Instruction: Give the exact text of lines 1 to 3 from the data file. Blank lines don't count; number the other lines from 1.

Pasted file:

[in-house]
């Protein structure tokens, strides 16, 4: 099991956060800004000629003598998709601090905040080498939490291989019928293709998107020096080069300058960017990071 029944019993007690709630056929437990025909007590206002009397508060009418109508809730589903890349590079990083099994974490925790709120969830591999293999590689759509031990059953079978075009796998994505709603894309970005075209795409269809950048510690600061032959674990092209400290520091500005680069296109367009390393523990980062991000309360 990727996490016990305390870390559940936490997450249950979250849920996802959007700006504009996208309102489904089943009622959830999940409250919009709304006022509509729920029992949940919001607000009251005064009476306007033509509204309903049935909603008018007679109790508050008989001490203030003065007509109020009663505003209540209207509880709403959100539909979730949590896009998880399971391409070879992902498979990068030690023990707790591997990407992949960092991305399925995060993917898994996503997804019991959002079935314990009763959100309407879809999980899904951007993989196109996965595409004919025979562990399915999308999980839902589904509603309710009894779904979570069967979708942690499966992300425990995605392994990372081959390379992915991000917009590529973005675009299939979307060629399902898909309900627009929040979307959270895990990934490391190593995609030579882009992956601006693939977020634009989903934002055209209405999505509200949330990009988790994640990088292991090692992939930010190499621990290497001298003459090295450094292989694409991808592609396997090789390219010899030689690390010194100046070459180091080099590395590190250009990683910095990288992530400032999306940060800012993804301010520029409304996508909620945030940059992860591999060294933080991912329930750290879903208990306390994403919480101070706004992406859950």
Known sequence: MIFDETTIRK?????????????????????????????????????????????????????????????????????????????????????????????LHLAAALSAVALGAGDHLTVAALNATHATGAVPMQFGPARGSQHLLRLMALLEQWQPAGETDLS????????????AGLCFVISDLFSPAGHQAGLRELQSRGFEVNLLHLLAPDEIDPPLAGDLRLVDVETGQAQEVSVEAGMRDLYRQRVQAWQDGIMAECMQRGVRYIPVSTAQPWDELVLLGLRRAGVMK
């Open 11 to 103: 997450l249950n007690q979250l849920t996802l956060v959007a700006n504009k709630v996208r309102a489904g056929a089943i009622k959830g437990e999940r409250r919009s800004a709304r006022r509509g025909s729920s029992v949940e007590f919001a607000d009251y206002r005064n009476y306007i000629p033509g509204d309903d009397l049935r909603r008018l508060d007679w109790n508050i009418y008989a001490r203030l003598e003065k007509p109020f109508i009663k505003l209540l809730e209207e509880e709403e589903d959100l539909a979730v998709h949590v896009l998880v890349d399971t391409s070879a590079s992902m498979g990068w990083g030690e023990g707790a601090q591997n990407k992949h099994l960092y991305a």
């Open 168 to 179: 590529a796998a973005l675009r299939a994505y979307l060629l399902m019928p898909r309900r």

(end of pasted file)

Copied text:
[in-house]
């Protein structure tokens, strides 16, 4: 099991956060800004000629003598998709601090905040080498939490291989019928293709998107020096080069300058960017990071 029944019993007690709630056929437990025909007590206002009397508060009418109508809730589903890349590079990083099994974490925790709120969830591999293999590689759509031990059953079978075009796998994505709603894309970005075209795409269809950048510690600061032959674990092209400290520091500005680069296109367009390393523990980062991000309360 990727996490016990305390870390559940936490997450249950979250849920996802959007700006504009996208309102489904089943009622959830999940409250919009709304006022509509729920029992949940919001607000009251005064009476306007033509509204309903049935909603008018007679109790508050008989001490203030003065007509109020009663505003209540209207509880709403959100539909979730949590896009998880399971391409070879992902498979990068030690023990707790591997990407992949960092991305399925995060993917898994996503997804019991959002079935314990009763959100309407879809999980899904951007993989196109996965595409004919025979562990399915999308999980839902589904509603309710009894779904979570069967979708942690499966992300425990995605392994990372081959390379992915991000917009590529973005675009299939979307060629399902898909309900627009929040979307959270895990990934490391190593995609030579882009992956601006693939977020634009989903934002055209209405999505509200949330990009988790994640990088292991090692992939930010190499621990290497001298003459090295450094292989694409991808592609396997090789390219010899030689690390010194100046070459180091080099590395590190250009990683910095990288992530400032999306940060800012993804301010520029409304996508909620945030940059992860591999060294933080991912329930750290879903208990306390994403919480101070706004992406859950």
Known sequence: MIFDETTIRK?????????????????????????????????????????????????????????????????????????????????????????????LHLAAALSAVALGAGDHLTVAALNATHATGAVPMQFGPARGSQHLLRLMALLEQWQPAGETDLS????????????AGLCFVISDLFSPAGHQAGLRELQSRGFEVNLLHLLAPDEIDPPLAGDLRLVDVETGQAQEVSVEAGMRDLYRQRVQAWQDGIMAECMQRGVRYIPVSTAQPWDELVLLGLRRAGVMK